You can’t visit Canada without having some poutine. You can get poutine all over Montréal, but La Banquise is probably the most famous spot among visitors. There’s a huge variety of poutine and it’s open 24 hours, making it great for any meal including late-night drunk food. If you don’t want to dine in, you can order from the takeout line and eat it on the public benches around the corner.
There’s even better poutine across the street at Ma Poule Mouillée, which seems to be where more of the locals go (judging by the number of local police who were waiting in line with us). There’s only one variety, which comes loaded with Portuguese-style chicken. Go here if you’re in the area multiple times. If you’re visiting the city and can only make it to one of these spots, I’d recommend La Banquise (see above) as it’s more of an experience.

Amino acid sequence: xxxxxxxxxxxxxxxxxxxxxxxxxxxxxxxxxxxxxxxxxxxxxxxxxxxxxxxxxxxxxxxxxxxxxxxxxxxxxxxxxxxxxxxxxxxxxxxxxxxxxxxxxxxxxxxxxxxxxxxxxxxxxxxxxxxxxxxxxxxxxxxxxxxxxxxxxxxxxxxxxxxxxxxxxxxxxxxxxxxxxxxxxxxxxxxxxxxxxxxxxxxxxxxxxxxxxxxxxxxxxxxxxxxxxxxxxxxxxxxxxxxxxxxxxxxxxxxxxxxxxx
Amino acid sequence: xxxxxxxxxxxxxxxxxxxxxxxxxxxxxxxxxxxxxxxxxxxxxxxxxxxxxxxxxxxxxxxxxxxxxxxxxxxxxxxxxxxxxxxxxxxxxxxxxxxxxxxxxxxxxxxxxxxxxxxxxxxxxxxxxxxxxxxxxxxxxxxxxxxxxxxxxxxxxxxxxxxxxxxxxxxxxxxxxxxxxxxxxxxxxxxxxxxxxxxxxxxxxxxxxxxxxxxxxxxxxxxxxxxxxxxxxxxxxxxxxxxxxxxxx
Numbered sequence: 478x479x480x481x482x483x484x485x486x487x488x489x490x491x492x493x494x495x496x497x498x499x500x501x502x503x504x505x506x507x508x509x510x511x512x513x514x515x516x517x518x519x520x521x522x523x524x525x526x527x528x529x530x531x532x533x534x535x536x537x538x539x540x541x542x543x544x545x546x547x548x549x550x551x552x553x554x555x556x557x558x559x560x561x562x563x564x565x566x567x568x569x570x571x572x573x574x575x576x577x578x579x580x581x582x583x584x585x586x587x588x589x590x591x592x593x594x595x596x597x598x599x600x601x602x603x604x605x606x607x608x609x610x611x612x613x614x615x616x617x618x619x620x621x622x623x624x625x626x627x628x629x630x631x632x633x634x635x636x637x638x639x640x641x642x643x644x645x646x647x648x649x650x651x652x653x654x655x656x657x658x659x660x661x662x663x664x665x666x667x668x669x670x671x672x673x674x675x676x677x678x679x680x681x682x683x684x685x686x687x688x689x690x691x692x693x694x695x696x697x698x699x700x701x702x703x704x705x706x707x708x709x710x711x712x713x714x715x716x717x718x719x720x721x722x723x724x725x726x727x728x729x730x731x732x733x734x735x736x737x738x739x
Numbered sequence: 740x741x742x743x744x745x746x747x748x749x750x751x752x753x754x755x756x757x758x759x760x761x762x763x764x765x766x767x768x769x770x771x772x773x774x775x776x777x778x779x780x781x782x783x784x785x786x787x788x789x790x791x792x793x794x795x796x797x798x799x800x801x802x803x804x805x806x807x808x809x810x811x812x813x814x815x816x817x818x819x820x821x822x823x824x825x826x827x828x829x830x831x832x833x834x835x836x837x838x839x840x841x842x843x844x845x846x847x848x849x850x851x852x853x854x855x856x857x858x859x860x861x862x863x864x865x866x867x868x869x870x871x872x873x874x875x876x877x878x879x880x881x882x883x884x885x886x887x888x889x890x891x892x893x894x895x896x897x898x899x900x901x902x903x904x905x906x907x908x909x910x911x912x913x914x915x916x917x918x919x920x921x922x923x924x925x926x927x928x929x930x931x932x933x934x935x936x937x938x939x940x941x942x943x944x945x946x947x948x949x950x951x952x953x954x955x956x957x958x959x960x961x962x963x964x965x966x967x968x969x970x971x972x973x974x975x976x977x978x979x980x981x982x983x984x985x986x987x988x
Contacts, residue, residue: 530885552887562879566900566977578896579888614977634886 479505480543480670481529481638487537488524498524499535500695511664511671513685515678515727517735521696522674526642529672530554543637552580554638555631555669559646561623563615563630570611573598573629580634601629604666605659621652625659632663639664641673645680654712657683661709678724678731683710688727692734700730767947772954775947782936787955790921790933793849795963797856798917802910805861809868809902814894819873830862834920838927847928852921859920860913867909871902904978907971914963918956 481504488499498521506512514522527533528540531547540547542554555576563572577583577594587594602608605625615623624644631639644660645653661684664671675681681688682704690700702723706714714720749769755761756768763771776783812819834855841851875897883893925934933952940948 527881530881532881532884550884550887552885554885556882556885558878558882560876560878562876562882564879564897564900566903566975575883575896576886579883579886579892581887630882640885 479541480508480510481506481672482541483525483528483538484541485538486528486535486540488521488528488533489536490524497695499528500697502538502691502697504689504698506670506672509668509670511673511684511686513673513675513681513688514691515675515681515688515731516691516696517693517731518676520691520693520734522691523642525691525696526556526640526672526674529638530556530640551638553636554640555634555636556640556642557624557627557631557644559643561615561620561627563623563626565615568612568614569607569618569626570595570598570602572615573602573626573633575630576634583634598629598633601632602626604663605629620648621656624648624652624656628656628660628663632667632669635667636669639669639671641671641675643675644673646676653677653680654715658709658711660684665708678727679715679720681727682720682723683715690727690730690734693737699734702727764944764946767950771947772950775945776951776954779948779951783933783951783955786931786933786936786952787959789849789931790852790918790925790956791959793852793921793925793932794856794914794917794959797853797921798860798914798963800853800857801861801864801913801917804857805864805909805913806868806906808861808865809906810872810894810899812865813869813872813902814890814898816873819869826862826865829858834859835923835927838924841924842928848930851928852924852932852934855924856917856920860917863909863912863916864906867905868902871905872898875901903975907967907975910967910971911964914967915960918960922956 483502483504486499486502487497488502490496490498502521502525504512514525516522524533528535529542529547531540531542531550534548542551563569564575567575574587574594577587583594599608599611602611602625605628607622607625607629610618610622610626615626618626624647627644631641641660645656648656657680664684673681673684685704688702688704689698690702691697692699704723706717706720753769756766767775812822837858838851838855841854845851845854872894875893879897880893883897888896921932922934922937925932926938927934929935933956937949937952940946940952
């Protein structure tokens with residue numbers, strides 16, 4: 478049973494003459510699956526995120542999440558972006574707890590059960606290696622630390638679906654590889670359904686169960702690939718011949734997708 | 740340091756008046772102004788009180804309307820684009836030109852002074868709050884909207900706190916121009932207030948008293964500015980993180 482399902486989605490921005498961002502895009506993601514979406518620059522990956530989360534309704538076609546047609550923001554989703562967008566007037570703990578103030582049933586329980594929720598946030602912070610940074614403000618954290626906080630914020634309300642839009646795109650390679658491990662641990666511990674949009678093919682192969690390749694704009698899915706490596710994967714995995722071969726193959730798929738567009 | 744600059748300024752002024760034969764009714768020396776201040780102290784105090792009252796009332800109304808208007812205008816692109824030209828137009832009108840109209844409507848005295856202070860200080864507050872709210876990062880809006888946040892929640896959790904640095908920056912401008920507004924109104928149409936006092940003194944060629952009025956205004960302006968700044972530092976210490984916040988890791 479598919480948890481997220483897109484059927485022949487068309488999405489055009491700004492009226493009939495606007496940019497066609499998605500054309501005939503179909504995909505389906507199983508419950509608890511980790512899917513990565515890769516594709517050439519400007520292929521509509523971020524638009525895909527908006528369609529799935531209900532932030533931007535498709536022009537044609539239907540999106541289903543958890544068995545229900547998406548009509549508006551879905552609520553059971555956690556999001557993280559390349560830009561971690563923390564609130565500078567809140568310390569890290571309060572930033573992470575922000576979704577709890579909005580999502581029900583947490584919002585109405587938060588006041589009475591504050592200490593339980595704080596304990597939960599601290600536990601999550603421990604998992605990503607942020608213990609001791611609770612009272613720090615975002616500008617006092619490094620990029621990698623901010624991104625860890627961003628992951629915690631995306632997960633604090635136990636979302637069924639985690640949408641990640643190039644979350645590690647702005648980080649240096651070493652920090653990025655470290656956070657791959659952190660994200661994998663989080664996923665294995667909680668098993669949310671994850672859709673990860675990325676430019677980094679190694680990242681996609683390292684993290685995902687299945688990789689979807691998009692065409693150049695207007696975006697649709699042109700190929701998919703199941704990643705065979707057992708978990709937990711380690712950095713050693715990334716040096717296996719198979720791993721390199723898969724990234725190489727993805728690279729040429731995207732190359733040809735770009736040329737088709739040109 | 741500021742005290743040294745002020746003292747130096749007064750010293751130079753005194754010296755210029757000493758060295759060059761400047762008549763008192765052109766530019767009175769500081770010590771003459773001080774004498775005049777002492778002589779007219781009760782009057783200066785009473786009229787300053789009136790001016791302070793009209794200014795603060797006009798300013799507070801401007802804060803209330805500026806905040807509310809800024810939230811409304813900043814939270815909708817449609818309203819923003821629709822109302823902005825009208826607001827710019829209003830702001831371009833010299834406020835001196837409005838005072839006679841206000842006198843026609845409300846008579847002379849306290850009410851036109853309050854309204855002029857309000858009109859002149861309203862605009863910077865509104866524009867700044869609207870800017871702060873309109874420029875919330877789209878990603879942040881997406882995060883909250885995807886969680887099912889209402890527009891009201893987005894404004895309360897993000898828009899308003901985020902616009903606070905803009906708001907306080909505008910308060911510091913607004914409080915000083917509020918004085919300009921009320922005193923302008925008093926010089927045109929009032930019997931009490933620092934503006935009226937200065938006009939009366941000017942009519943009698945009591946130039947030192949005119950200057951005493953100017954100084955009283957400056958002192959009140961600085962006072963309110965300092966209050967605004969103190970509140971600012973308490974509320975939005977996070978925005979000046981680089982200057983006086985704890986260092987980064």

This is my favorite neighborhood in Montréal. It’s super artsy and laid-back, and also very tiny. You can see the entire neighborhood in an afternoon.
You can’t visit Mile End without getting a bagel. Montréal is famous for its unique style of bagels. They’re super different than a New York bagel, so don’t try to compare them. These are smaller and mostly eaten as a snack without slicing them or topping them with anything. The two big spots are Fairmount and St-Viateur, which are named after the streets they’re on. There’s no clear consensus about which one is better, and everyone has a different opinion, so try them both! Definitely get a sesame bagel from each place, as the sesame ones are typically fresh out of the oven. Any other flavor is likely to be cold by the time you get it.
The best value food I had in Montréal was from Drogheria Fine, which serves $5 gnocchi in a Chinese takeout box out of a window. It’s a pretty substantial amount of food for the price, and so tasty. There tends to be a long line, but it moves really fast since they only sell one thing.